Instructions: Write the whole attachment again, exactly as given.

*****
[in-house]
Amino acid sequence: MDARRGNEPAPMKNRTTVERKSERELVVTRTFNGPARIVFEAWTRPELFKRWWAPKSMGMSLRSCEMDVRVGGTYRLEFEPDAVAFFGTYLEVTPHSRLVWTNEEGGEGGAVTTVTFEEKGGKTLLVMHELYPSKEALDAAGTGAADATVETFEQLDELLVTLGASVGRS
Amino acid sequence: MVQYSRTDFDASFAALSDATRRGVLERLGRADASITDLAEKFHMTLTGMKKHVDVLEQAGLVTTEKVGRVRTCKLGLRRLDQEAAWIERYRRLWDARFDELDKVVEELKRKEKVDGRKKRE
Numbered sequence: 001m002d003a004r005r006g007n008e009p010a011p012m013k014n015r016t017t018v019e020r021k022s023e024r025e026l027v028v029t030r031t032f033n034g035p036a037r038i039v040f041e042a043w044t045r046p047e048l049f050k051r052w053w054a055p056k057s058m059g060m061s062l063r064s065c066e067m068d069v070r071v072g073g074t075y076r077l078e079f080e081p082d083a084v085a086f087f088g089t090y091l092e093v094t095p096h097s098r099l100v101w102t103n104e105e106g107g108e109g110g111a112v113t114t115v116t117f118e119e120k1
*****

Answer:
[in-house]
Amino acid sequence: MDARRGNEPAPMKNRTTVERKSERELVVTRTFNGPARIVFEAWTRPELFKRWWAPKSMGMSLRSCEMDVRVGGTYRLEFEPDAVAFFGTYLEVTPHSRLVWTNEEGGEGGAVTTVTFEEKGGKTLLVMHELYPSKEALDAAGTGAADATVETFEQLDELLVTLGASVGRS
Amino acid sequence: MVQYSRTDFDASFAALSDATRRGVLERLGRADASITDLAEKFHMTLTGMKKHVDVLEQAGLVTTEKVGRVRTCKLGLRRLDQEAAWIERYRRLWDARFDELDKVVEELKRKEKVDGRKKRE
Numbered sequence: 001m002d003a004r005r006g007n008e009p010a011p012m013k014n015r016t017t018v019e020r021k022s023e024r025e026l027v028v029t030r031t032f033n034g035p036a037r038i039v040f041e042a043w044t045r046p047e048l049f050k051r052w053w054a055p056k057s058m059g060m061s062l063r064s065c066e067m068d069v070r071v072g073g074t075y076r077l078e079f080e081p082d083a084v085a086f087f088g089t090y091l092e093v094t095p096h097s098r099l100v101w102t103n104e105e106g107g108e109g110g111a112v113t114t115v116t117f118e119e120k1